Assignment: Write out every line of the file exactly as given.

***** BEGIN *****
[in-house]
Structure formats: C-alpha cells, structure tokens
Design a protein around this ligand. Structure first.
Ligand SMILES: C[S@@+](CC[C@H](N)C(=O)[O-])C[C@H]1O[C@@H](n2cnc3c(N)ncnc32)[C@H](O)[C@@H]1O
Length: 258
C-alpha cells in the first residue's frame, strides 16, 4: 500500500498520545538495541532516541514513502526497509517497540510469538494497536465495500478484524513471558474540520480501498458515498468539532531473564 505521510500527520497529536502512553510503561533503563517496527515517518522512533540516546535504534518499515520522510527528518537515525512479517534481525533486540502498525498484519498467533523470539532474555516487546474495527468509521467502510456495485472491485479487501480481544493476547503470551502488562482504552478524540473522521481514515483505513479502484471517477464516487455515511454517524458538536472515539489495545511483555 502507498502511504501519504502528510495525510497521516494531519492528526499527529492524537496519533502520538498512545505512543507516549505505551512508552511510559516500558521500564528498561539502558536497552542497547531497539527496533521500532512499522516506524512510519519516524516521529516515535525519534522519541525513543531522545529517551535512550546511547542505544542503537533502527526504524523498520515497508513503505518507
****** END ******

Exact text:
[in-house]
Structure formats: C-alpha cells, structure tokens
Design a protein around this ligand. Structure first.
Ligand SMILES: C[S@@+](CC[C@H](N)C(=O)[O-])C[C@H]1O[C@@H](n2cnc3c(N)ncnc32)[C@H](O)[C@@H]1O
Length: 258
C-alpha cells in the first residue's frame, strides 16, 4: 500500500498520545538495541532516541514513502526497509517497540510469538494497536465495500478484524513471558474540520480501498458515498468539532531473564 505521510500527520497529536502512553510503561533503563517496527515517518522512533540516546535504534518499515520522510527528518537515525512479517534481525533486540502498525498484519498467533523470539532474555516487546474495527468509521467502510456495485472491485479487501480481544493476547503470551502488562482504552478524540473522521481514515483505513479502484471517477464516487455515511454517524458538536472515539489495545511483555 502507498502511504501519504502528510495525510497521516494531519492528526499527529492524537496519533502520538498512545505512543507516549505505551512508552511510559516500558521500564528498561539502558536497552542497547531497539527496533521500532512499522516506524512510519519516524516521529516515535525519534522519541525513543531522545529517551535512550546511547542505544542503537533502527526504524523498520515497508513503505518507